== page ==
seeking for peace.'
As far as Gill is concerned very little has to be changed. Therefore,
the 'I' need not go.
'It's not necessary for the 'I' to completely disappear.
If there is knowing as our true nature, then it doesn't matter
what appears, whether there is the appearance of 'I' or the absence
of it. There is this appearance as the character, but the story
of this character is no longer taken seriously. There is no longer
the same investment. When it is simply recognised that 'I' is just
another thought, it's not required that 'I' completely or permanently
disappears, and it's perfectly OK for this 'I' to come and go.'
Separation continues to exist as a function
of the game.
'There is still however, the appearance of separation,
distance, perspective, as a functional aspect of the play. Although
there is still appearance as this character, there's the recognition
that this isn't all we are. We are not only the person but also
the registering of the person – awareness and also the content
of awareness. Oneness is the whole thing – including the
seeming separation. It's not as though anything has to change – there
is already awareness right now, presently viewing the content.'
Problems remain but without a 'someone'
who assigns the problems to themselves.
'All the 'problems' are still there, but there is
no longer identification with them. There is no longer the movement
to escape from them. They are no longer 'my' emotions, 'my' thoughts
etc. The story is no longer 'my' story. It's seen through. Agitation
may still arise, but there's a tendency for it to subside fairly
quickly. There is no longer the story of this 'I' that it can 'stick
to'. There is presently 'what is', whether we stick a 'great' label
on it or a 'mediocre' label'.
According to Gill you can't do anything
to become conscious.
'The play is on automatic pilot, it's all happening
automatically: apparent identification as the character, involvement
with the seeking - and then maybe the permeation into the
play of the recognition of oneness. 'You' can't surrender. What
is going to surrender? An apparent surrender happens, but there
is no one that surrenders.'
Further Gill has this to say about it:
'There is this mesmerisation whereby a story arises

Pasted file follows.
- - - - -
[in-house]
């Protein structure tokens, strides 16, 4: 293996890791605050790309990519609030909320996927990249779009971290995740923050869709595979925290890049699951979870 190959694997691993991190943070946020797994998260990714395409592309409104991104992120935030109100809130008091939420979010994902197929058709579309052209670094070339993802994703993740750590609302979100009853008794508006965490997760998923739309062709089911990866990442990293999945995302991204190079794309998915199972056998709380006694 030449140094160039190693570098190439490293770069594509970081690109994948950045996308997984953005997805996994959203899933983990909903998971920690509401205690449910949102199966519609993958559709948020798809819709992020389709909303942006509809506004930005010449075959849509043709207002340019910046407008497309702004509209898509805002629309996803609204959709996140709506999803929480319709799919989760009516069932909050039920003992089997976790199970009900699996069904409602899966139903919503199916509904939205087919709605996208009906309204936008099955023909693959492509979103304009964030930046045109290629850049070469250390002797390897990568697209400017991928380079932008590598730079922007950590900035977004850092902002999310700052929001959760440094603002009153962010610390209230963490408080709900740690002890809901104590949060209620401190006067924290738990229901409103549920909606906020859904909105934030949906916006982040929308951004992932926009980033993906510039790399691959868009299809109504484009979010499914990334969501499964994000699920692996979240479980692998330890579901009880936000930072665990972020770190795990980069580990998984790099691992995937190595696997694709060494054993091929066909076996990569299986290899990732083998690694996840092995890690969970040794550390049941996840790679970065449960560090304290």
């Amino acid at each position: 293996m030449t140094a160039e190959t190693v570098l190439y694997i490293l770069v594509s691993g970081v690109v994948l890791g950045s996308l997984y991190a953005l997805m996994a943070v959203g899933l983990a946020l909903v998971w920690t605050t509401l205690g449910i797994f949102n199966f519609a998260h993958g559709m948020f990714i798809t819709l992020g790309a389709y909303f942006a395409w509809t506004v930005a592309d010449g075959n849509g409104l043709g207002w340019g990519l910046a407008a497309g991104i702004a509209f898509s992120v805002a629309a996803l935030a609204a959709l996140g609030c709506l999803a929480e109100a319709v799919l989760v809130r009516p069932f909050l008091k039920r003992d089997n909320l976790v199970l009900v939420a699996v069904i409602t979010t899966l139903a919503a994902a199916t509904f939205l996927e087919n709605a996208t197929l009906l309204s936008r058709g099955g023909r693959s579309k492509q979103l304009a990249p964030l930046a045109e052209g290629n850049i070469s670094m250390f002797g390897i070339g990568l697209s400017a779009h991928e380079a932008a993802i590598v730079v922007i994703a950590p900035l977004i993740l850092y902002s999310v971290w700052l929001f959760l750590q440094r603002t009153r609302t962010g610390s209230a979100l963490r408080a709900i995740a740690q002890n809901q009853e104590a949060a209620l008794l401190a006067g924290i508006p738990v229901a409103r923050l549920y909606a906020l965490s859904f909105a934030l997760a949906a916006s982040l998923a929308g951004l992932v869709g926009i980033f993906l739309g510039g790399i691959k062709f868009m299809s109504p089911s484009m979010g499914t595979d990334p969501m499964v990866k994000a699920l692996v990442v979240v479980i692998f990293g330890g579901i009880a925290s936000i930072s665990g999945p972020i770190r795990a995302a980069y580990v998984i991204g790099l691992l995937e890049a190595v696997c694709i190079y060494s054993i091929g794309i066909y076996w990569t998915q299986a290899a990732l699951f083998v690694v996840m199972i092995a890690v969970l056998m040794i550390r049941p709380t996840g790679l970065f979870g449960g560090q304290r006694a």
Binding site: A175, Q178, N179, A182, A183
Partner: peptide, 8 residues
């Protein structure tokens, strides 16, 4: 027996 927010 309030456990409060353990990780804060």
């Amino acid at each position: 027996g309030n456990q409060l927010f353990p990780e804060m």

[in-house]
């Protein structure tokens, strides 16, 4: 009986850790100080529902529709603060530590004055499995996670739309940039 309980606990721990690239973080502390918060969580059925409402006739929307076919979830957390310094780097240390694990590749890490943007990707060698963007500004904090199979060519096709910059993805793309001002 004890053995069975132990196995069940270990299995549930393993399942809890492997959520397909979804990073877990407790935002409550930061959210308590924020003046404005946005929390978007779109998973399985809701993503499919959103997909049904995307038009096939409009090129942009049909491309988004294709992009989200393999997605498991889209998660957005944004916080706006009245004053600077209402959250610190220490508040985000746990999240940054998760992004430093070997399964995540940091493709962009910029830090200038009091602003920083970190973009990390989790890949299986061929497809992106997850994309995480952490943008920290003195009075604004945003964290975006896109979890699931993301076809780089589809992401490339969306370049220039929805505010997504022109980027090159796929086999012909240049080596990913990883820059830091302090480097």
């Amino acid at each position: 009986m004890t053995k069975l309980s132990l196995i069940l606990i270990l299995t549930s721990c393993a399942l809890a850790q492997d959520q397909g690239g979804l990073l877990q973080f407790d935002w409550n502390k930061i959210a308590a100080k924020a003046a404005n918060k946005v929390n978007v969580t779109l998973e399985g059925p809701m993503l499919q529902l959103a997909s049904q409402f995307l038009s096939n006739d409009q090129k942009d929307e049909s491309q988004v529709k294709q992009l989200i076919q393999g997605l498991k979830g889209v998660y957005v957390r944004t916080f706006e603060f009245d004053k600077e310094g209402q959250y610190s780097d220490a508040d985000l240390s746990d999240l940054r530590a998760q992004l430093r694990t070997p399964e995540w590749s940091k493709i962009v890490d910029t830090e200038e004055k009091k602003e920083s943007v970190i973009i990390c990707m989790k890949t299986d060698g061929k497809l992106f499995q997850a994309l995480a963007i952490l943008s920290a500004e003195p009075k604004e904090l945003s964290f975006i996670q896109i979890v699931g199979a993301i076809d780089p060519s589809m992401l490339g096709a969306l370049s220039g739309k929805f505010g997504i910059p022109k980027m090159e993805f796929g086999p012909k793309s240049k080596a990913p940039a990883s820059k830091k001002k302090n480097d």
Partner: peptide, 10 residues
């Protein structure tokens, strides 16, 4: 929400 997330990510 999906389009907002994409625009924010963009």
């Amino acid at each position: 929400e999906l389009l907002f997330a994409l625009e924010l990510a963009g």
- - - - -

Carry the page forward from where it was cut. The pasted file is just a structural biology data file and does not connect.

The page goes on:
that 'I' need to be aware of awareness. But as the mesmerisation
is seen through, the struggle to be aware as the 'I' becomes obsolete.
The 'I' can't do anything about any of this; it cannot 'de-mesmerize'
itself because it's part of the mesmerisation.'
Thoughts that can't be reached are also
part of the game.
'The play is on autopilot, including all of these
arising fears and anxiety about it not being seen. There's only
already awakeness, only already oneness, and maybe a story about
not getting it. With this seeing, the tension disappears from it
If it is seen that there is nothing to reach
then relaxation can happen.
'When the mesmerisation with the story is seen through,
the contraction of tension and seeking is released. There is ease – no
desire for escape. The ease is always the case: it's simply covered
up by tension arising with the mesmerisation. And so, in the absence
of that tension, there is still this apparent life as the character,
but it's no longer 'my' life.' Once again in other words: 'When there is recognition of this being a play, then the desire
no longer appears for any of it to change at all. That agitation
that is the seeking dies. The play continues but without the tension
of seeking. The mesmerisation is seen through. The 'I' that would
do something is seen through. An ordinary life is lived in this
innate knowing. So it's not that there's necessarily bliss, but
there is an ease with it all.'
website Nathan Gill: www.nathangill.com
'Already Awake' is sold by: www.non-dualitybooks.com